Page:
A breakaway cable clarification
I THOUGHT READERS of Practical Caravan might be interested to hear about this little incident. Recently we were heading along the motorway towards Europort in Rotterdam to catch our ferry back to Hull. All of a sudden a police car pulled in front of us and within seconds, a flashing red sign on the back window instructed us to follow him. Off the motorway and on a quiet slip road, the two officers approached our car and asked to see my driving licence and vehicle papers. They then walked towards our towbar. “Do you realise it’s illegal to have your breakaway cable wrapped around the towball?” one of them asked, going on to explain that if the caravan unhitched while in motion, the breakaway cable would unhitch too, instead of pulling the van to a halt. I explained that this was the way I had always attached my breakaway cable and most UK caravanners did the same. The officer then showed me a designated attachment point on my towbar, which I have to say, I had never noticed before, and connected it for me. After some polite conversation, they wished us a pleasant journey. My advice to everyone is to check if you have a designated attachment point on your towbar, before your next trip. Andrew Clark
Nigel Hutson replies You can’t wrap a breakaway cable around a towball on Dutch-registered vehicles. Having another means of attaching them is mandatory in the Netherlands.
In fact, they have clamps like this (see image, top left) readily available at dealerships. I hasten to add, though, that the Vienna Convention would cover such things, to the point that looping the cable as the police officer did should have been acceptable.
However, depending on the type of breakaway cable fitted, many of the attaching points on the towbar aren’t wide enough for the clip to pass through and loop back on itself – they need a carabiner-type clip. If you clip the ‘usual’
standard-fit cable clip to one of those attachments, it’s worse than looping the cable over the towbar, as it will snap without pulling the brakes on.
Take a look at my DIY Mechanic on breakaway cables (October 2017 issue, p120) to see how to fit a carabiner clip.”
PET SAFETY WHILE YOU’RE ON TOUR
I’d like to share this brilliant idea with Practical Caravan readers who take their pet on tour. Everyone should have a dog tag on their pouch, and most will also have them on their cats – this will have your home address engraved on the disc. But what would happen if your pet got lost while you were away? I expect most people, including us, never gave it a thought – how would we be able to find our labradoodle? Now we add a collar ID barrel next to his normal tag whenever we go away and change it to the address of the caravan site, along with our contact number. We’d be very sad if he went missing, but at least we’d stand a chance that if someone did find him, he’d be returned to us. Chris Wilkinson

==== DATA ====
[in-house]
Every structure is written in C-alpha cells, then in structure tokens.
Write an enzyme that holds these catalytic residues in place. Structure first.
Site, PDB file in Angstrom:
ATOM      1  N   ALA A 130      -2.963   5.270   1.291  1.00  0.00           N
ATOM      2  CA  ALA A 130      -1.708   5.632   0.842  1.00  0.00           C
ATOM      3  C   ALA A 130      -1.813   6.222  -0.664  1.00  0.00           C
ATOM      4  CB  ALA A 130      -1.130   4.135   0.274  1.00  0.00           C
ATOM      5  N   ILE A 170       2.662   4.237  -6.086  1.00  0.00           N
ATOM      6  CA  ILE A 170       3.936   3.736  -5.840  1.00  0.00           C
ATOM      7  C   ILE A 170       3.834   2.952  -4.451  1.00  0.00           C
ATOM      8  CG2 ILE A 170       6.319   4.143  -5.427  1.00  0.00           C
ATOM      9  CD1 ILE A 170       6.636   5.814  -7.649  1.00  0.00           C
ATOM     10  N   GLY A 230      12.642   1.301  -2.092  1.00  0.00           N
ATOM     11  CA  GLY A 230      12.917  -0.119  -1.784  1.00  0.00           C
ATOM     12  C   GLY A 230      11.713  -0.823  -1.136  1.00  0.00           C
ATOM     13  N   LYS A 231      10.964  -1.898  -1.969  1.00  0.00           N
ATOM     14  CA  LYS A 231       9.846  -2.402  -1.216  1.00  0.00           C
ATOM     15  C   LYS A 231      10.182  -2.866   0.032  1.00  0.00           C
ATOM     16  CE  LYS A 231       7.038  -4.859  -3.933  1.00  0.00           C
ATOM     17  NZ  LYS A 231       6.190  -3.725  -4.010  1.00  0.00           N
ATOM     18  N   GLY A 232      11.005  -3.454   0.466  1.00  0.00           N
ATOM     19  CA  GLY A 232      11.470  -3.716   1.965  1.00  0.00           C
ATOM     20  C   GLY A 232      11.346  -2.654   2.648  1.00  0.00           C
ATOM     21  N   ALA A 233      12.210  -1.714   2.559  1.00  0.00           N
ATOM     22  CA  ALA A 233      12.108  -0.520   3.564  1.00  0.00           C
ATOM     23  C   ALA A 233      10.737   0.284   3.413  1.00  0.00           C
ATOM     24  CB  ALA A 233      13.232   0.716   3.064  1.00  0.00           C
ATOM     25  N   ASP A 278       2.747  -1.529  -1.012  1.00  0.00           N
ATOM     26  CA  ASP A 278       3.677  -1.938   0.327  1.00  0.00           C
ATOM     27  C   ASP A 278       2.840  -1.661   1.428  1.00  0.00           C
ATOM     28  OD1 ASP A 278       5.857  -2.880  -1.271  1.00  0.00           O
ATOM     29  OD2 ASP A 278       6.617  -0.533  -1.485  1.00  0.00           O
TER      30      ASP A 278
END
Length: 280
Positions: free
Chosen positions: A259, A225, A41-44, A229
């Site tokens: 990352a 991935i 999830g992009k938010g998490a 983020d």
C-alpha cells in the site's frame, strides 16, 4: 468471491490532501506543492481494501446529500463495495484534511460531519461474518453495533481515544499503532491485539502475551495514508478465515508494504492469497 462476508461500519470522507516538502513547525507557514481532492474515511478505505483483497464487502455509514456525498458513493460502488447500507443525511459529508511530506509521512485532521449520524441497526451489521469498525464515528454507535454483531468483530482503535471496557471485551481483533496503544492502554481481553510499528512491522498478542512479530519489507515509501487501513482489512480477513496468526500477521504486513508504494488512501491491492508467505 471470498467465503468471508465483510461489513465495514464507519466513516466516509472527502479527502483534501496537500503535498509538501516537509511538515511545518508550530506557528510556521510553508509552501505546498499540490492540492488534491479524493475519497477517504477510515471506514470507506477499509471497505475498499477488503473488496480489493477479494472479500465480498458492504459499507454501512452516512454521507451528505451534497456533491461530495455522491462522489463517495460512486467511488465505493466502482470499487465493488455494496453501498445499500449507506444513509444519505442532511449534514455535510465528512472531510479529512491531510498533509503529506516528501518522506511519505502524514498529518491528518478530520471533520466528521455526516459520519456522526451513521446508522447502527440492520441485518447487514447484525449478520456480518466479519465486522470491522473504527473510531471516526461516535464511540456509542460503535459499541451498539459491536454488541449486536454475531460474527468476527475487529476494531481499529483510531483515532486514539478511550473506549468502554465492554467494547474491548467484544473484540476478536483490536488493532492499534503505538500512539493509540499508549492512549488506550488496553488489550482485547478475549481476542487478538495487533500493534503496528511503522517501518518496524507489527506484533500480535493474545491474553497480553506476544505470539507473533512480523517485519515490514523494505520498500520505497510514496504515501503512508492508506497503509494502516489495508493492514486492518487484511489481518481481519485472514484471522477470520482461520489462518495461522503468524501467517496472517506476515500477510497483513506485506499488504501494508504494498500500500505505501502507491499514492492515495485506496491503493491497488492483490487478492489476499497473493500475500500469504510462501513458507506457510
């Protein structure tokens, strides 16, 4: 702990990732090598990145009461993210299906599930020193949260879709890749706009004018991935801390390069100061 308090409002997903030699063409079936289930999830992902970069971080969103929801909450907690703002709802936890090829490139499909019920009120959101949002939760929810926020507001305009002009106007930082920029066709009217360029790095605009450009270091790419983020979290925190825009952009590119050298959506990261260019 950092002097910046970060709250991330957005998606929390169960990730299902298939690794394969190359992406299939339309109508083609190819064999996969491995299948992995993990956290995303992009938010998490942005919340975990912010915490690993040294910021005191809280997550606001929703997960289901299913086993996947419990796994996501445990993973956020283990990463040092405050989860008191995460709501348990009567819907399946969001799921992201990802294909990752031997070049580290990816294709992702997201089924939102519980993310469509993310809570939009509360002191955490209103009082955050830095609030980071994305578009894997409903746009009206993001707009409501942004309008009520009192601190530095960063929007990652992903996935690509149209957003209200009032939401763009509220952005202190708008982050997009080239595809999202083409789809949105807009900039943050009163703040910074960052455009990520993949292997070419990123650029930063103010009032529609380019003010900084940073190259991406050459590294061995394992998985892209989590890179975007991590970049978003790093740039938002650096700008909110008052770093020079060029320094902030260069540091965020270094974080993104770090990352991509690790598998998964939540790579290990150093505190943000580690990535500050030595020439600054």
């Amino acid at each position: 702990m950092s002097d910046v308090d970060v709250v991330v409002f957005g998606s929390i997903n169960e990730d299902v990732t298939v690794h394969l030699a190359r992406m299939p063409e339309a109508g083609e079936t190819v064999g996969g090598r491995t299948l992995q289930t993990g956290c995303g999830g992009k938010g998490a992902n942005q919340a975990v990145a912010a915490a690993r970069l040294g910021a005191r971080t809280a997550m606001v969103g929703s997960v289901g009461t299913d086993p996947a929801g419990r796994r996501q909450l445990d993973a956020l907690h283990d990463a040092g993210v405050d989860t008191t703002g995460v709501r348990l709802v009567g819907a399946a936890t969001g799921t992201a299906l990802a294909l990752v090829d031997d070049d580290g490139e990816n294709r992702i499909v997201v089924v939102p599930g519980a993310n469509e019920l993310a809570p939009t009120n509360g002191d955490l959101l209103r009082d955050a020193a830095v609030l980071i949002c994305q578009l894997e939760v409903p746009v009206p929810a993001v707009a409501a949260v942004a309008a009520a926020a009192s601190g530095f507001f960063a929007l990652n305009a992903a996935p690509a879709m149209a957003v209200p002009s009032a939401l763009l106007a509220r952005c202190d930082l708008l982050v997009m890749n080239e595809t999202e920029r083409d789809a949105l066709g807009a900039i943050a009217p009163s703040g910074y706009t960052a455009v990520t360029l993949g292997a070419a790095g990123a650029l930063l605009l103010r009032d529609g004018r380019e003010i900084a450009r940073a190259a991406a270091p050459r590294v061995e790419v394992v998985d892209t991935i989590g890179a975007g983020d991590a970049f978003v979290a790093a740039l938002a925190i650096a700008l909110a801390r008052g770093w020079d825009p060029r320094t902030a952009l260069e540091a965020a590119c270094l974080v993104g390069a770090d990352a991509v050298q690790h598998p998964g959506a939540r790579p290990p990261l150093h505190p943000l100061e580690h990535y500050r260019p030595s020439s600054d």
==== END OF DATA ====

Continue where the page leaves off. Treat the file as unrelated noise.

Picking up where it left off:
WHY SHUT DOWN IN THE BUSY SEASON?
We have owned a British-built caravan for just over two years from new and felt reassured at the time of purchase with the warranty offered. We have since been waiting for more than one year for a replacement for our rusty locker hinge bracket, and more than six months for a reading light switch. We hold out no hope for the television socket that ‘disappeared’ down a hole in the van on our last holiday. I’m sure if we were to offer to purchase the parts to be fitted at our own expense by an approved engineer, we would have seen them by now. Imagine our amazement, too, when we got in touch with the manufacturer’s customer service department in the last week of July, only to hear a recorded message announcing that the company was on its annual shutdown and would be back on 20 August – during the busiest period for things to go wrong! Lucky for us, we love our caravan, but aftersales service is far from acceptable. Sarah and Steve Green
Niall Hampton replies August’s factory shutdown may sound like a throwback to Victorian times, but to be fair to the manufacturers, this is their only opportunity for installing new plant or servicing or replenishing tired machinery, without disrupting production.
We omitted the name of the manufacturer concerned, as all members of the Big Five take a break in August. We would have been happy to raise your concerns with the relevant customer services department, but as we went to press, they were on factory shutdown.
BUYER’S GUIDE GETS A WRONG NUMBER
On reading the September issue, I noticed incorrect page numbering in the Buyer’s Guide section. Page 122 should have been set on p121, and p121 should be p122. Philip Wharf
Niall Hampton replies Thanks for writing in about this, Philip, and to the other readers who did the same. Not wanting to offer a ‘dog ate my homework’style excuse, the September issue was the first to be produced using Future Publishing’s bespoke workflow system, which is different to the one PC used at Haymarket. Sadly this glitch got through and wasn’t spotted. Apologies for any confusion, and to the manufacturers affected.